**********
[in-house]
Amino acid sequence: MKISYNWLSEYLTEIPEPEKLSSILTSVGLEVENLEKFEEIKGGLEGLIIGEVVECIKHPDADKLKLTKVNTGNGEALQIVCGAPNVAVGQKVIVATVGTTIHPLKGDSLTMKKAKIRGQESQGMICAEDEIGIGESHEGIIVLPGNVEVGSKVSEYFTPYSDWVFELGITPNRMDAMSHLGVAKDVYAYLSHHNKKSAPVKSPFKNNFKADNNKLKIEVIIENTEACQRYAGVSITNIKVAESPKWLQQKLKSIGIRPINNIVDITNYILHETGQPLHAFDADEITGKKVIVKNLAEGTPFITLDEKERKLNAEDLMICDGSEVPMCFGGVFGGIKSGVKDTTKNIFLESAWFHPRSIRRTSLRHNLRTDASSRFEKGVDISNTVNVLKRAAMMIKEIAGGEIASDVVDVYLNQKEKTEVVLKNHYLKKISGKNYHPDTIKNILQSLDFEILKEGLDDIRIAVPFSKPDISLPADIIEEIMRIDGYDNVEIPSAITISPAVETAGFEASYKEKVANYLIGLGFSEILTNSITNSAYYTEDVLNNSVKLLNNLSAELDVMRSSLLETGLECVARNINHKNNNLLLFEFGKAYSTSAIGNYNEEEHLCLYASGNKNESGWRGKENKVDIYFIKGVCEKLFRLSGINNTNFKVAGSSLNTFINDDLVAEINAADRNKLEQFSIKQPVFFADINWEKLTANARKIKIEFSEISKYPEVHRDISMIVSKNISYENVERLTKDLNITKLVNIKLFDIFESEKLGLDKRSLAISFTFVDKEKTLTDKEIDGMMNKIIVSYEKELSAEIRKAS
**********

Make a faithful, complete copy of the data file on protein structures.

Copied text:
[in-house]
Amino acid sequence: MKISYNWLSEYLTEIPEPEKLSSILTSVGLEVENLEKFEEIKGGLEGLIIGEVVECIKHPDADKLKLTKVNTGNGEALQIVCGAPNVAVGQKVIVATVGTTIHPLKGDSLTMKKAKIRGQESQGMICAEDEIGIGESHEGIIVLPGNVEVGSKVSEYFTPYSDWVFELGITPNRMDAMSHLGVAKDVYAYLSHHNKKSAPVKSPFKNNFKADNNKLKIEVIIENTEACQRYAGVSITNIKVAESPKWLQQKLKSIGIRPINNIVDITNYILHETGQPLHAFDADEITGKKVIVKNLAEGTPFITLDEKERKLNAEDLMICDGSEVPMCFGGVFGGIKSGVKDTTKNIFLESAWFHPRSIRRTSLRHNLRTDASSRFEKGVDISNTVNVLKRAAMMIKEIAGGEIASDVVDVYLNQKEKTEVVLKNHYLKKISGKNYHPDTIKNILQSLDFEILKEGLDDIRIAVPFSKPDISLPADIIEEIMRIDGYDNVEIPSAITISPAVETAGFEASYKEKVANYLIGLGFSEILTNSITNSAYYTEDVLNNSVKLLNNLSAELDVMRSSLLETGLECVARNINHKNNNLLLFEFGKAYSTSAIGNYNEEEHLCLYASGNKNESGWRGKENKVDIYFIKGVCEKLFRLSGINNTNFKVAGSSLNTFINDDLVAEINAADRNKLEQFSIKQPVFFADINWEKLTANARKIKIEFSEISKYPEVHRDISMIVSKNISYENVERLTKDLNITKLVNIKLFDIFESEKLGLDKRSLAISFTFVDKEKTLTDKEIDGMMNKIIVSYEKELSAEIRKAS